Today Intel finally shared its plans for the Broadwell chips which ring in the fifth generation for the company’s Core chip family. These chips will succeed Haswell which was the codename for fourth generation i3, i5 and i7 chips. The company confirmed that tablets and 2-in-1 hybrids powered by Core M, based on Broadwell, will be available by the end of 2014. Notebooks and desktops will have to wait until 2015.
Rani Borkar, vice president of the platform engineering group at Intel, says that the Broadwell chip is 50 percent smaller and 30 percent thinner than its Haswell counterpart. It offers improved graphics thanks to a next-gen graphics core as well as improved performance and better battery life.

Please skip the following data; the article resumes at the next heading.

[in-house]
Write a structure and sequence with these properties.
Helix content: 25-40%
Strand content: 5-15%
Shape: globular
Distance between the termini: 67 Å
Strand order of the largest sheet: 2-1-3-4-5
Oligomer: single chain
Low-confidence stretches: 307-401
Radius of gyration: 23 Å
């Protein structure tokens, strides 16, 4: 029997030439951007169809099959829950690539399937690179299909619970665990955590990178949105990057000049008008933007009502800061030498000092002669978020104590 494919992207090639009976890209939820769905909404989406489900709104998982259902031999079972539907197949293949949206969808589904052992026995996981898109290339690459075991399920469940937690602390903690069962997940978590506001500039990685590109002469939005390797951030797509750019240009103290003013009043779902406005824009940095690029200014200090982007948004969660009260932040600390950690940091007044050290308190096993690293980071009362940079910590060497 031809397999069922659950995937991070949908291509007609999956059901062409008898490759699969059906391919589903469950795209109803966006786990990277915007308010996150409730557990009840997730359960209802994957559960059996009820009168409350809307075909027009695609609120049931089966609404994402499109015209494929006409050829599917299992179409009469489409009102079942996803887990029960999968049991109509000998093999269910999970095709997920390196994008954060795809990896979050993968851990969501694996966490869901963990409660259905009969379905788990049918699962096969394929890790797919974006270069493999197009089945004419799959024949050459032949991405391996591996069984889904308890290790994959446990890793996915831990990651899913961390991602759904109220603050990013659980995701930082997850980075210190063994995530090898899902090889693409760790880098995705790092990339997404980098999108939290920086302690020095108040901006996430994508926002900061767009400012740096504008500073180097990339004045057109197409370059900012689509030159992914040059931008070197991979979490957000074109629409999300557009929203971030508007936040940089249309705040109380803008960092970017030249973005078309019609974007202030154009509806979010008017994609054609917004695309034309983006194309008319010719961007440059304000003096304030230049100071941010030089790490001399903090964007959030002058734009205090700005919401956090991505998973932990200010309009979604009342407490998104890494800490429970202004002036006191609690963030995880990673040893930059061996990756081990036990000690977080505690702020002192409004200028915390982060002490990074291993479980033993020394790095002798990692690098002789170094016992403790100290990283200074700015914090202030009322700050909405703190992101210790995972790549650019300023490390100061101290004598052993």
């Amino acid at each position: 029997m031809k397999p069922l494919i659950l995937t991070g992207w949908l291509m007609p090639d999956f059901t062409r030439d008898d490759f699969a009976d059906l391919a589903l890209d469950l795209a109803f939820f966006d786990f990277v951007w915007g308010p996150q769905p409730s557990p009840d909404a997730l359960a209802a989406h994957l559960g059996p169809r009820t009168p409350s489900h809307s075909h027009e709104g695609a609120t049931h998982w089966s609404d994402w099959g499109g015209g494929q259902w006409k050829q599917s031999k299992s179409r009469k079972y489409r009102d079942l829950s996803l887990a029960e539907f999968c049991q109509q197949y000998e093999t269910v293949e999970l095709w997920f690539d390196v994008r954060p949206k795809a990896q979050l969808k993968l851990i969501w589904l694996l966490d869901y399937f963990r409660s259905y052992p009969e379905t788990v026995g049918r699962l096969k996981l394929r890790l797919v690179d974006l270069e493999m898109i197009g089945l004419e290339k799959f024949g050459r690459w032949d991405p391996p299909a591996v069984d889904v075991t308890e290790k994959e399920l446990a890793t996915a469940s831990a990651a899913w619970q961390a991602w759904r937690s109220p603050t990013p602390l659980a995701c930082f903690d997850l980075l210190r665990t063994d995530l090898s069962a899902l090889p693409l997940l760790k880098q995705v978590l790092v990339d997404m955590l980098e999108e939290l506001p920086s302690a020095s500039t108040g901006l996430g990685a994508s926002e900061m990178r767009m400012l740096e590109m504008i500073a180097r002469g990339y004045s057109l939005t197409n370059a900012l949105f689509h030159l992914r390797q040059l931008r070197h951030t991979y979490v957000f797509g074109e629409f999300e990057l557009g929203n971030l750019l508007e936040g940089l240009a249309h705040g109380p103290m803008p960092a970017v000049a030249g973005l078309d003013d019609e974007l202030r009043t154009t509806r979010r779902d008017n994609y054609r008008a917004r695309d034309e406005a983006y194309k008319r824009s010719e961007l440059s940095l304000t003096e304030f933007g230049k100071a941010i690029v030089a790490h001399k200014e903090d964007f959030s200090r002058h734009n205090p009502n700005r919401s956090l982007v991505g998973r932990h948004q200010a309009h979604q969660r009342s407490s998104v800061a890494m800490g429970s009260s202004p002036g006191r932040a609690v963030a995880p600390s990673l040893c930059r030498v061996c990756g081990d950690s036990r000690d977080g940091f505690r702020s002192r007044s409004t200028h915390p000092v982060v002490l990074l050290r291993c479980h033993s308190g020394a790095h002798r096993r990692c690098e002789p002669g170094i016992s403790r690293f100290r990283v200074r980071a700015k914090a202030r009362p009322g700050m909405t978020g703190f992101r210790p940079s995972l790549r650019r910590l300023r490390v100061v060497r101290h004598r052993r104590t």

As far as CPU performance is concerned the Broadwell processor will apparently be only 5 percent faster than an equivalent Haswell chip at the same clock speed. However the last-gen chip won’t be able to match its graphics performance as Broadwell boasts 20 percent bump in computing power and up to 50 percent better sampler throughput. Initial support for H.265 video hardware decoding will also be onboard.
Intel hasn’t revealed TDP values, clock speeds or other detailed specifications about the Core M processors but seeing as how they’re expected to hit the market by the year’s end, its only a matter of this before this information becomes public. Intel expects notebooks and desktops powered by Broadwell in early 2015.
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